Tony Mendez, covert operations specialist, came up with an original plan to rescue US diplomats from Iran
Former CIA agent Tony Mendez, who engineered a creative way to smuggle US hostages out of Iran in 1980 and was immortalized in the Hollywood film “Argo,” died of complications from Parkinson’s Disease, his family said. He was 78.
Mendez, who will have a private burial in Nevada, died on Saturday, his literary agent Christy Fletcher said via Twitter, relaying a family statement.
“The last thing he and his wife Jonna Mendez did was get their new book to the publisher and he died feeling he had completed writing the stories that he wanted to be told,” the family statement read.
It added that Mendez had been suffering from Parkinson’s for the past 10 years.
Actor Ben Affleck, who starred as Tony Mendez in the Hollywood production, described the ex-agent on Twitter as “a man of extraordinary grace, decency, humility and kindness … I’m so proud to have worked for him and to have told one of his stories.”
Faux Sci-Fi Movie
When Iranian revolutionaries seized the US embassy in Tehran in 1979, a handful of diplomats managed to escape through a back door and took refuge at the Canadian embassy.
Mendez, a specialist in covert operations, came up with an original plan to rescue them: set up the production in Hollywood of a faux science fiction movie titled “Argo,” travel to Iran to scout out locations, then return to the United States with the hostages masquerading as the film crew.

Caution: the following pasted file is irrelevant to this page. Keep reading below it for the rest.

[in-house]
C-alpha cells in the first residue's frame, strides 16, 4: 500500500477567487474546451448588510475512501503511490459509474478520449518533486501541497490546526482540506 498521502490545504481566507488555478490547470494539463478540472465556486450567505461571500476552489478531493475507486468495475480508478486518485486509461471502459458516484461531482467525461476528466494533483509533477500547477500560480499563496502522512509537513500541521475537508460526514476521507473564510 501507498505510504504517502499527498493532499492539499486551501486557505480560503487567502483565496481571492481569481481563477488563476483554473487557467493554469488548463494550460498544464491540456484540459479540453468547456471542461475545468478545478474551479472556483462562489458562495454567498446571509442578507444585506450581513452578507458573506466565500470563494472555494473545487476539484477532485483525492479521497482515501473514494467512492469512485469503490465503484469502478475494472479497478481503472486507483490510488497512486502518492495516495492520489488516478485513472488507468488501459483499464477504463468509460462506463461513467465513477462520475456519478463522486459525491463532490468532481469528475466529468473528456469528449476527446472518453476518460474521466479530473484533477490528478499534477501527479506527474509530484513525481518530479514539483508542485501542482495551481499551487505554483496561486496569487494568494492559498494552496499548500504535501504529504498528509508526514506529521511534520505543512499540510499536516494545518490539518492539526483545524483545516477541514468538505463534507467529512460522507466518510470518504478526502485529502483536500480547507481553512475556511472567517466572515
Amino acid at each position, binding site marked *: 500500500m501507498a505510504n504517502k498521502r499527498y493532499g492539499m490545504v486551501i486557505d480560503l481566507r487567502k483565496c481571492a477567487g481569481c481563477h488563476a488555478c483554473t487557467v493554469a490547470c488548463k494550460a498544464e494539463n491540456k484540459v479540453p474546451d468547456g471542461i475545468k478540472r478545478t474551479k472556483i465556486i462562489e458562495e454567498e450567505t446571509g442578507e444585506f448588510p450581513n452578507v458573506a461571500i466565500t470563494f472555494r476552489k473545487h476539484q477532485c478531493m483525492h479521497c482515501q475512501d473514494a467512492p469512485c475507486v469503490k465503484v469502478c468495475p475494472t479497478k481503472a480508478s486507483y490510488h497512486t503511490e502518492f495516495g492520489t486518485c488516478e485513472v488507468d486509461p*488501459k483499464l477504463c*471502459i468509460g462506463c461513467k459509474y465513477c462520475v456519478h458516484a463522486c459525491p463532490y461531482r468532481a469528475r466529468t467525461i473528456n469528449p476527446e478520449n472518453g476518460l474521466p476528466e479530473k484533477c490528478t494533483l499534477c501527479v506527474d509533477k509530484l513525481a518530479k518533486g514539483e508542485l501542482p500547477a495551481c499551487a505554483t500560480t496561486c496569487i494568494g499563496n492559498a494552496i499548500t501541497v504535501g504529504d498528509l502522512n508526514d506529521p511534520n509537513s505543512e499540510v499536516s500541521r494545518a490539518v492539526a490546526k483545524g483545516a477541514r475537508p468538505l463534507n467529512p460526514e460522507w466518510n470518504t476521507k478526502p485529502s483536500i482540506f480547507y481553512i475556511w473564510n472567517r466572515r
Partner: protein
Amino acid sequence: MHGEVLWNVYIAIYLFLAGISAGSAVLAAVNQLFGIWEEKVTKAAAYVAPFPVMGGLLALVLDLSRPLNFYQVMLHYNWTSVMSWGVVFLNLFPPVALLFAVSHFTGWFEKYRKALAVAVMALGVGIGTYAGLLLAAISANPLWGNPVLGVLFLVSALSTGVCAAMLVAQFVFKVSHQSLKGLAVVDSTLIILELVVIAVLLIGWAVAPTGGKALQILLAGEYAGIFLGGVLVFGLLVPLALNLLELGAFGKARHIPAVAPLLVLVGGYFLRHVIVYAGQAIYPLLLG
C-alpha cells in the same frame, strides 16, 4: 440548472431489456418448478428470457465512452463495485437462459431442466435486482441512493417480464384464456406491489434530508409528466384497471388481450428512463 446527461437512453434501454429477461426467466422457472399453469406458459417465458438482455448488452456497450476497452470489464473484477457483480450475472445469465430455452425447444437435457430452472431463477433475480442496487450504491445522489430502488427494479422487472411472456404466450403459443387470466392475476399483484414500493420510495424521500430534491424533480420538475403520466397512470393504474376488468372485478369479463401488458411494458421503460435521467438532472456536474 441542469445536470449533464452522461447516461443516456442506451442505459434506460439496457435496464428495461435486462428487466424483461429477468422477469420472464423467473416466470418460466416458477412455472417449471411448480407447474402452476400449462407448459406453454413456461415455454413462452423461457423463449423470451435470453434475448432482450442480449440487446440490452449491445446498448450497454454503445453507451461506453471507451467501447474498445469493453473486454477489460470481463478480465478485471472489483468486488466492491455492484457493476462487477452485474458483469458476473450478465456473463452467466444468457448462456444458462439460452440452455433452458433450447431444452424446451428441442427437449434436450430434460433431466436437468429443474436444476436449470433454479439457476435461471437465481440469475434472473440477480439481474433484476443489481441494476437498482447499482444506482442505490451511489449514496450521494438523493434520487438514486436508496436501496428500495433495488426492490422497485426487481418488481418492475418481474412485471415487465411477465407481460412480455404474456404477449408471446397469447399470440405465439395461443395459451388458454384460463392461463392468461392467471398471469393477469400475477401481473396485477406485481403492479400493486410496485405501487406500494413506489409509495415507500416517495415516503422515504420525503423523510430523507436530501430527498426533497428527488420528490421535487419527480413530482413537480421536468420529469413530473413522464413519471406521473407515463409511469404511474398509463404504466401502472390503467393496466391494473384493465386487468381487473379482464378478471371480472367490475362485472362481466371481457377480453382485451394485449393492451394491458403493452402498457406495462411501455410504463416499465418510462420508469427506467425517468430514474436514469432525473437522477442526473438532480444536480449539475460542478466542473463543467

The six US diplomats, armed with fake Canadian passports, slipped out of Iran and to safety on January 27, 1980.
The story served as inspiration for the film “Argo,” which won three Oscars in 2013 including for best motion picture.
Fifty-two other Americans were not as lucky, and were held hostage by the Iranian revolutionaries for 444 days.
Secretary of State and former CIA chief Mike Pompeo described Mendez as “an extraordinarily gifted intelligence officer” and “truly an American hero.”
Actor Ben Affleck, who starred as Mendez in the Hollywood production, described the ex-agent on Twitter as “a man of extraordinary grace, decency, humility and kindness … I’m so proud to have worked for him and to have told one of his stories.”
Mendez’s latest book, co-authored with his wife Jonna — also formerly with the CIA — is due out in May and titled “The Moscow Rules: The Secret CIA Tactics That Helped America Win the Cold War.”
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